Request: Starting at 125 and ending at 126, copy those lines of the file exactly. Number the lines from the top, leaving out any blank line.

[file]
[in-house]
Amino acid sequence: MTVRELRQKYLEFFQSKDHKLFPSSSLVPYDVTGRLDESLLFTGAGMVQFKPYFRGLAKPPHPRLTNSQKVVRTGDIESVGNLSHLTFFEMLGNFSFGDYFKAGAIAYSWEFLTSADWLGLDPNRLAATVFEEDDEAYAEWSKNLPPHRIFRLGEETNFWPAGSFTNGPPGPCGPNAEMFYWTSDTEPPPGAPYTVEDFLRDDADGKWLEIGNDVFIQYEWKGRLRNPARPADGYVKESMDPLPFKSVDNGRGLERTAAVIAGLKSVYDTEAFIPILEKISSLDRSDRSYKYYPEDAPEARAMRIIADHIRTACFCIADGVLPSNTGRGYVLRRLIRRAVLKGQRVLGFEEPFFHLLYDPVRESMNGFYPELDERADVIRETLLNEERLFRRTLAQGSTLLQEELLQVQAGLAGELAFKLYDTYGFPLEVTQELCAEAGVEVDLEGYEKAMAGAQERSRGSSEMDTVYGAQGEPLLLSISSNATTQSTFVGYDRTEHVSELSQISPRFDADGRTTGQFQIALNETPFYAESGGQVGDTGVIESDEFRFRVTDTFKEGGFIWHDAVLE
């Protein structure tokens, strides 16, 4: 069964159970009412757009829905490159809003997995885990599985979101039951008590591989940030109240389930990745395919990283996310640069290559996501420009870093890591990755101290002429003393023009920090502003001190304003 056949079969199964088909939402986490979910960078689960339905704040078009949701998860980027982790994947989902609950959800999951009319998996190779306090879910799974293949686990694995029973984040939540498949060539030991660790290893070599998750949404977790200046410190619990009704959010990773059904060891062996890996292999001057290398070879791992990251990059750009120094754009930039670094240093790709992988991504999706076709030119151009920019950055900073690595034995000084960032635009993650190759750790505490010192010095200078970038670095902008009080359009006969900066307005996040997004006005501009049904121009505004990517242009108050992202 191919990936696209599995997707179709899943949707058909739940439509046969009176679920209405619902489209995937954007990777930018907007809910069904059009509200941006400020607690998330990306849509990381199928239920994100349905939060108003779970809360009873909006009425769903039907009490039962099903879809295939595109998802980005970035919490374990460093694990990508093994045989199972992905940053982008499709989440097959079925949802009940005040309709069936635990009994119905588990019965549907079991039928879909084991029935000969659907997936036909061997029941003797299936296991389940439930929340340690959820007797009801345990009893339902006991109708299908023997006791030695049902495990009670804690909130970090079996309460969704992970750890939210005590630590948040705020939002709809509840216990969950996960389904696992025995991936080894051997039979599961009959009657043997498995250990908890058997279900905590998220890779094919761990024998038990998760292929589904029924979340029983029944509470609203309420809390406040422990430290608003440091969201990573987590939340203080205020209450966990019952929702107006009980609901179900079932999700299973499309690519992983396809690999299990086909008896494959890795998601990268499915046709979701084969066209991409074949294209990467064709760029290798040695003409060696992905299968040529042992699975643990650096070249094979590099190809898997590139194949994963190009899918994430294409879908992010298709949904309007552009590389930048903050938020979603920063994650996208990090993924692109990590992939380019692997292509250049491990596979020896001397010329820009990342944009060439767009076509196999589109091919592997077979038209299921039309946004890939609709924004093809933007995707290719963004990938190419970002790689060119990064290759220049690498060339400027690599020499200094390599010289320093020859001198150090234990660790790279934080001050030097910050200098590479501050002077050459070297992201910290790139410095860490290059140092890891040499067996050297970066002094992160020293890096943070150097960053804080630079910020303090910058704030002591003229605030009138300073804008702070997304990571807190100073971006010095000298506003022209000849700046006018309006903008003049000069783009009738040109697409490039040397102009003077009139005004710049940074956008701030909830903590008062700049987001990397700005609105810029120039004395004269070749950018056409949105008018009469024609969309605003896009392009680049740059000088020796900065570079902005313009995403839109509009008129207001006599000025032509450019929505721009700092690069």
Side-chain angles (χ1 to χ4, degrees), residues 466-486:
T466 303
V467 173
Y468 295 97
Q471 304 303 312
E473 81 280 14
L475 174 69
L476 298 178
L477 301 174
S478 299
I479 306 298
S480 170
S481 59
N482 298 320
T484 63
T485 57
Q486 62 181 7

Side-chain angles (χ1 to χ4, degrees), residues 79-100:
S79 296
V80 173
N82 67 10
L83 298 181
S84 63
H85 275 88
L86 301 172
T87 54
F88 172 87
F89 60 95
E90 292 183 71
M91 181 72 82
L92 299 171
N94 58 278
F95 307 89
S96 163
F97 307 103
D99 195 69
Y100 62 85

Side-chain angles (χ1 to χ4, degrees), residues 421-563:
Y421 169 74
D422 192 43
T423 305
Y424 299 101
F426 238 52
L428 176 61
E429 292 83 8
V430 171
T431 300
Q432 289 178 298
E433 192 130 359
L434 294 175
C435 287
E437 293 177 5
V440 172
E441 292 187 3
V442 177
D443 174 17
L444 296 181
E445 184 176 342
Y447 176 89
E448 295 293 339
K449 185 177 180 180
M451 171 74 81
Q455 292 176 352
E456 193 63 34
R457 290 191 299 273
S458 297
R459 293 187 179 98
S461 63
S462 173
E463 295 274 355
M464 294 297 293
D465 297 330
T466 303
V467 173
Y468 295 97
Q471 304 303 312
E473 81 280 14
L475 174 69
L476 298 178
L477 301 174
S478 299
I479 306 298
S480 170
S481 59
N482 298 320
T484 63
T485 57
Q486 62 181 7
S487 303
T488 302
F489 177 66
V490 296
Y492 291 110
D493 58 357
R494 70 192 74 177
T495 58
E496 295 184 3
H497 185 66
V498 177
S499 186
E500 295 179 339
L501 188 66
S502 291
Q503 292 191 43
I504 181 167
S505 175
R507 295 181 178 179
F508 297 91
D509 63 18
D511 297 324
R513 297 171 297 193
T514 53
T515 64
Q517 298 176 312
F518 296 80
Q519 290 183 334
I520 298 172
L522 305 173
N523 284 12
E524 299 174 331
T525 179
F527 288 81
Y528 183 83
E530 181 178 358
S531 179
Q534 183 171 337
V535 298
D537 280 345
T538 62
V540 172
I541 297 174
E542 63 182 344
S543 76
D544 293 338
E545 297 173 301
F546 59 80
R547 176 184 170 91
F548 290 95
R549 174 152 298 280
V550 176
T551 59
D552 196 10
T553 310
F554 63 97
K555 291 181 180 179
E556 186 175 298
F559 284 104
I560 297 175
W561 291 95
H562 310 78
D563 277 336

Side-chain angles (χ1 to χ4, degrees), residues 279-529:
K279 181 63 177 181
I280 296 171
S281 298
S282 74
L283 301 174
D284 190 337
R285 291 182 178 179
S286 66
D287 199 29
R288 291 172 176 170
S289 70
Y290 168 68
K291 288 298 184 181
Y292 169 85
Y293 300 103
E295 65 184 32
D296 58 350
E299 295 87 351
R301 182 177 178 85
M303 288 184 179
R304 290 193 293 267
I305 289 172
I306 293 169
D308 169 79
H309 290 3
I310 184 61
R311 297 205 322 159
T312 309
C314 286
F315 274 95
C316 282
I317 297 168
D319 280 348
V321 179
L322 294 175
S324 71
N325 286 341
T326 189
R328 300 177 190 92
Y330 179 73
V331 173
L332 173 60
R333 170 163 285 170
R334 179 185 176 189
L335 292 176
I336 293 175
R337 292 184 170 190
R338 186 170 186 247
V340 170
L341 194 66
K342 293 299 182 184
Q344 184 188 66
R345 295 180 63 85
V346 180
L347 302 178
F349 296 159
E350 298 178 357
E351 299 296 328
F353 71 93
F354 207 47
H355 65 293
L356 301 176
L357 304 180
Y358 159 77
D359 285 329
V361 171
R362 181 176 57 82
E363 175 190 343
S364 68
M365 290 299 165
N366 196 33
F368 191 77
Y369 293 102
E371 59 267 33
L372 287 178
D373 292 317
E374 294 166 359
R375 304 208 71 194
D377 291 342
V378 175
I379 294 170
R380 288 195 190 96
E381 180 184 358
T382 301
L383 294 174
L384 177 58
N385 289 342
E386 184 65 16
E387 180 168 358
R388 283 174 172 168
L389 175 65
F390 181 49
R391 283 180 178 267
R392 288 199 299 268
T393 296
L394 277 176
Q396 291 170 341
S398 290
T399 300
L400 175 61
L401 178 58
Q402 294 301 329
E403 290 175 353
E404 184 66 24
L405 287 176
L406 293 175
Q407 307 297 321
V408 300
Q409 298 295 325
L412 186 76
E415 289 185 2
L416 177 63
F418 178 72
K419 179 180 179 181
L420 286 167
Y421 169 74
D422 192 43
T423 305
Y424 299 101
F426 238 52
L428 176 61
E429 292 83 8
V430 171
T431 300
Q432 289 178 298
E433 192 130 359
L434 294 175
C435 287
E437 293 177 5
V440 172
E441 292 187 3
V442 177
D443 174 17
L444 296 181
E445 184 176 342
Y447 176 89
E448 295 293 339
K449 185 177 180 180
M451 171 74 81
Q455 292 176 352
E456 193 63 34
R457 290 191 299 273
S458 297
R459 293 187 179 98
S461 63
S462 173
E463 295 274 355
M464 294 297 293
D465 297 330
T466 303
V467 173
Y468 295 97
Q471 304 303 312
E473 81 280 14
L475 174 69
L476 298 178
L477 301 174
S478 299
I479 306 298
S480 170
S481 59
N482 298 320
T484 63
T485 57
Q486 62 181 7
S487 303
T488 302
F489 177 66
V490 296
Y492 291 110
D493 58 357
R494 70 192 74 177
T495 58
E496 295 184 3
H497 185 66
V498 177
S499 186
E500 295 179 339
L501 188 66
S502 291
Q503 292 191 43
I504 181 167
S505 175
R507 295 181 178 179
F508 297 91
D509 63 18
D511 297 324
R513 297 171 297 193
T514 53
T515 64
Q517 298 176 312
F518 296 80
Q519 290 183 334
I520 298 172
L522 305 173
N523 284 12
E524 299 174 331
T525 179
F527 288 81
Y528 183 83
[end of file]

F527 288 81
Y528 183 83